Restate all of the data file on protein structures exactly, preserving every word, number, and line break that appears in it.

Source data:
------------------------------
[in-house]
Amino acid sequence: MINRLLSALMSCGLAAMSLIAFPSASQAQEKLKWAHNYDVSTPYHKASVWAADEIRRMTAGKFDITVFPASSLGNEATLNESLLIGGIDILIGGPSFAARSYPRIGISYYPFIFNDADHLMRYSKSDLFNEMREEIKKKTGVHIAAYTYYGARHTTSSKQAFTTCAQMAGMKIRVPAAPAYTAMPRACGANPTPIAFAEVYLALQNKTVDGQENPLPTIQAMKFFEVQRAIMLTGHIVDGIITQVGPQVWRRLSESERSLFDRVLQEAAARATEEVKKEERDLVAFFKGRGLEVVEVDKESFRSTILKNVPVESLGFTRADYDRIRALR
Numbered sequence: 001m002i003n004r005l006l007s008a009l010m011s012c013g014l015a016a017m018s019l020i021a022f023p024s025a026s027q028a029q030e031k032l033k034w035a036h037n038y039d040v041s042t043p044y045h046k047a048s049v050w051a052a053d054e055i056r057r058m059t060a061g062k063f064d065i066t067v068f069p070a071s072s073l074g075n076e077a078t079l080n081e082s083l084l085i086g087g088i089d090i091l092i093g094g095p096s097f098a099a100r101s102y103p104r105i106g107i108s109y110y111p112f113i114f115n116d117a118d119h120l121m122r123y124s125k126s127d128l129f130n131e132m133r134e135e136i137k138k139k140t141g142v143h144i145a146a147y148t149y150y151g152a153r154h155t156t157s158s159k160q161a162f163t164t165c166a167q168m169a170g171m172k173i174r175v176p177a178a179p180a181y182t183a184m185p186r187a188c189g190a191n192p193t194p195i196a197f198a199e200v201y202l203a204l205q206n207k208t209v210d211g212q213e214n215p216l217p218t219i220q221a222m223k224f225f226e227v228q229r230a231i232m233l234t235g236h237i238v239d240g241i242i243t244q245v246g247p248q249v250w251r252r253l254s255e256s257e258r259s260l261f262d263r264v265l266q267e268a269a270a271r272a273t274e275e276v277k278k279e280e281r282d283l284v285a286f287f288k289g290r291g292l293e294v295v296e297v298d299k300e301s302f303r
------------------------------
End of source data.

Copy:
[in-house]
Amino acid sequence: MINRLLSALMSCGLAAMSLIAFPSASQAQEKLKWAHNYDVSTPYHKASVWAADEIRRMTAGKFDITVFPASSLGNEATLNESLLIGGIDILIGGPSFAARSYPRIGISYYPFIFNDADHLMRYSKSDLFNEMREEIKKKTGVHIAAYTYYGARHTTSSKQAFTTCAQMAGMKIRVPAAPAYTAMPRACGANPTPIAFAEVYLALQNKTVDGQENPLPTIQAMKFFEVQRAIMLTGHIVDGIITQVGPQVWRRLSESERSLFDRVLQEAAARATEEVKKEERDLVAFFKGRGLEVVEVDKESFRSTILKNVPVESLGFTRADYDRIRALR
Numbered sequence: 001m002i003n004r005l006l007s008a009l010m011s012c013g014l015a016a017m018s019l020i021a022f023p024s025a026s027q028a029q030e031k032l033k034w035a036h037n038y039d040v041s042t043p044y045h046k047a048s049v050w051a052a053d054e055i056r057r058m059t060a061g062k063f064d065i066t067v068f069p070a071s072s073l074g075n076e077a078t079l080n081e082s083l084l085i086g087g088i089d090i091l092i093g094g095p096s097f098a099a100r101s102y103p104r105i106g107i108s109y110y111p112f113i114f115n116d117a118d119h120l121m122r123y124s125k126s127d128l129f130n131e132m133r134e135e136i137k138k139k140t141g142v143h144i145a146a147y148t149y150y151g152a153r154h155t156t157s158s159k160q161a162f163t164t165c166a167q168m169a170g171m172k173i174r175v176p177a178a179p180a181y182t183a184m185p186r187a188c189g190a191n192p193t194p195i196a197f198a199e200v201y202l203a204l205q206n207k208t209v210d211g212q213e214n215p216l217p218t219i220q221a222m223k224f225f226e227v228q229r230a231i232m233l234t235g236h237i238v239d240g241i242i243t244q245v246g247p248q249v250w251r252r253l254s255e256s257e258r259s260l261f262d263r264v265l266q267e268a269a270a271r272a273t274e275e276v277k278k279e280e281r282d283l284v285a286f287f288k289g290r291g292l293e294v295v296e297v298d299k300e301s302f303r